Wednesday, June 9, 2010

New Writing in Japan














The early 1970's saw Penguin Books publish the New Writing in...series, which devoted a volume of prose and poetry of each country it covered, the cover of the Japan edition features a detail from a painting by Kawabata Ryushi, and was edited by Geoffrey Bownas and Yukio Mishima, in Geoffrey Bownas's translator's preface, the shock of Mishima's suicide of some months previously is felt, Bownas recalls the last time he met Mishima and looks back at the last movements of the author's life . The collection contains many of the big names from Japanese literature and also some that are not so recognised outside of Japan, many of the translations are by Geoffrey Bownas, although other translator's pieces are featured. Mishima's story Patriotism is included, which has recently been republished by New Directions. The Catch by Oe Kenzaburo is included here, translated by John Bester, the story also featured in the anthology in The Catch and Other War Stories. The Cosmic Mirror is a short story by Haniya Yutaka, Haniya was born in Taiwan in 1910 and was imprisoned during the war due to his political leanings, the story is set in the realm of sleep and dream, here the protagonist has learned the skill of controlling his movements within his dream. As he progresses within his dream we follow him as he makes his way to a room in a cellar, which is at the bottom of a very long and dark staircase. In the room hangs a mirror that has a strange light to it, the character tells us that since he was young he had come to regard mirrors as the 'tool of the devil' , and that they offered glimpses into other worlds, night after night he returns to the room staring into the mirror. One night he stares very closely, putting his eyes up close to the mirror, and cupping his hands to block the light from within the room, he stares again, concentrating his vision on the blackness of the pupils of his eyes, he begins to see movement.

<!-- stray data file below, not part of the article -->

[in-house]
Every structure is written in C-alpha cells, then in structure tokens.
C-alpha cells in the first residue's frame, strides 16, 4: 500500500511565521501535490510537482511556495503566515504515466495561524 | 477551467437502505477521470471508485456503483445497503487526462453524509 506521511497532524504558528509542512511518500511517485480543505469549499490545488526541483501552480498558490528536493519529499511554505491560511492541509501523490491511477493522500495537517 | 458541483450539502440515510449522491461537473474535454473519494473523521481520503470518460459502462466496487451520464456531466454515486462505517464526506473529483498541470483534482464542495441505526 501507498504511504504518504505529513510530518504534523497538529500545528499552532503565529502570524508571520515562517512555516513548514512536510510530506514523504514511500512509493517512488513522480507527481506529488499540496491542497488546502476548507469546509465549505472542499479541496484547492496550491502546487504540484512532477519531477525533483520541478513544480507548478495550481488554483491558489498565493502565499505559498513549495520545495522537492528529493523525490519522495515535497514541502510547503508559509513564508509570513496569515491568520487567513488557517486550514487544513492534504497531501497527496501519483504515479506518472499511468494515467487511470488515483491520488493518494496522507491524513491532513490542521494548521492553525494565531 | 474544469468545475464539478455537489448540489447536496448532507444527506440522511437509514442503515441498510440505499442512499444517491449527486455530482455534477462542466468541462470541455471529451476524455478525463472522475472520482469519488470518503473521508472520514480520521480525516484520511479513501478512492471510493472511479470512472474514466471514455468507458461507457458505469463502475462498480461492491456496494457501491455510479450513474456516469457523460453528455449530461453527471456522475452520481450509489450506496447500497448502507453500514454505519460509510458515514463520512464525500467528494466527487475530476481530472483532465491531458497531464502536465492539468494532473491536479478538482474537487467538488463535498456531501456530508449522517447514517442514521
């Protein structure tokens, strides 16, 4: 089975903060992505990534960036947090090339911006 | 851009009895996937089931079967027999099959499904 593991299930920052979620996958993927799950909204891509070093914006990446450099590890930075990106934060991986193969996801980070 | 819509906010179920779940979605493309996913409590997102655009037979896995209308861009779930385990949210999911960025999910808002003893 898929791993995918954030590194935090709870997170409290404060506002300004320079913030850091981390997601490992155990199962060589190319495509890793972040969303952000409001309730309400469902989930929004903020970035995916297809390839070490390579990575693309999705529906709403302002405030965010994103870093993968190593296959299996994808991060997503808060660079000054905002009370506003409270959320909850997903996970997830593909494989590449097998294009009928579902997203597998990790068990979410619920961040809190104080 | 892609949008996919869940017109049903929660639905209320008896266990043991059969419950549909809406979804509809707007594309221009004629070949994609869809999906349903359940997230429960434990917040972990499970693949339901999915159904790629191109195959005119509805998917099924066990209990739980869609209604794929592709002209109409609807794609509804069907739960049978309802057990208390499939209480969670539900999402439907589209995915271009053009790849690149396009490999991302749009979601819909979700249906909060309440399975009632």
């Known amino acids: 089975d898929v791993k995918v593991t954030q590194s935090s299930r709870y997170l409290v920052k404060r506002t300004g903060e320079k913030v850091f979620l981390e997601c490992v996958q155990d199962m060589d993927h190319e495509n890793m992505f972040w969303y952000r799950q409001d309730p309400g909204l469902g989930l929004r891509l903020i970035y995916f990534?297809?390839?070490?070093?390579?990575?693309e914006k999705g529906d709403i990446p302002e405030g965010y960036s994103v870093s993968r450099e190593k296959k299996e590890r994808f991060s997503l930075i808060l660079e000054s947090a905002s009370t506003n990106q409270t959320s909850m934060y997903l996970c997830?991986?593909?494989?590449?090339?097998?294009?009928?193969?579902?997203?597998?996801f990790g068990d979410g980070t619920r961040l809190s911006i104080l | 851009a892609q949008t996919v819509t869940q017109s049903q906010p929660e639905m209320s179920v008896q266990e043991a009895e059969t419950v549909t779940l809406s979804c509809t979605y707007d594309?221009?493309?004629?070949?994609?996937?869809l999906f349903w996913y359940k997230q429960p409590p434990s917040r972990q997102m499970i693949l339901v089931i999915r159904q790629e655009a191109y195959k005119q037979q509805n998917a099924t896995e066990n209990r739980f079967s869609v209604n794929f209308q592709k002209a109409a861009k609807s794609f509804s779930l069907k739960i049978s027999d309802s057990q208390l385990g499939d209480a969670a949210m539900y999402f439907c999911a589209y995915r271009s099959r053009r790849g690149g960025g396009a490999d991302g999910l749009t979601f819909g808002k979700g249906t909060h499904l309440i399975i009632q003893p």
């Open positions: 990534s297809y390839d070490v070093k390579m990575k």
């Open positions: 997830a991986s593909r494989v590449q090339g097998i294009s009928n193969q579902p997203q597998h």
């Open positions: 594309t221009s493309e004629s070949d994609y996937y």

Yoshiyuki Junnosuke's story included here is Sudden Shower/Shu-u(1954),which won the Akutagawa Prize, it tells the relationship of Hideo Yamamura who works in an office on board a steam ship, and that of the prostitute he visits, Michiko. After visiting her a number of times Hideo realizes that he has feelings of jealousy when he contemplates her being with her other customers. Together they visit a fortune teller who foresees that Michiko will succeed in her life, recently she has been contemplating leaving her profession and maybe opening a flower shop. Hideo has to travel away to a colleague's wedding, whilst away Hideo finds it harder and harder to keep Michiko out of his thoughts, after seeing what he believes was a look of relief on her face when she discovered that he's actually single and not married. When he returns from the wedding, his jealousy seems to be at breaking point, when he's told that he has to wait before he can see her as she's with a customer. Junnosuke's prose is taught in capturing Hideo's confusion at trying to decipher if her feelings for him are real, or just a tool being used to keep him returning. Kobo Abe's Stick and Red Cocoon, two well anthologised stories, also in the prose segment of the book stories from Ishihara Shintaro and Yasuoka Shotaro. Inagaki Taruho is a writer I've been looking forward to explore, whose book One Thousand and One Second Stories is soon to be reissued, the piece included here is Icarus.


The poetry that Mishima and Bownas chose comes from the poets, Tanikawa Shuntaro, Tsuji Takashi, Yoshioka Minoru, Anzai Hitoshi, Tamura Ryuichi, Shiraishi Kazuko, Takahashi Mutsuo, tanka from Tsukamoto Kumio and Mizushima Hatsu's modern haiku. Most of these I've got to know through this collection, Shiraishi Kazuko has recently had a collection published by New Directions, My Floating Mother,City. Takahasi Mutsuo has six poems included here, some taken from his un-translated collection, Rose Tree, End of Summer, a dark poem about obsessive love. This is quite a unique little anthology for a number of reasons, which is sadly out of print at the moment.

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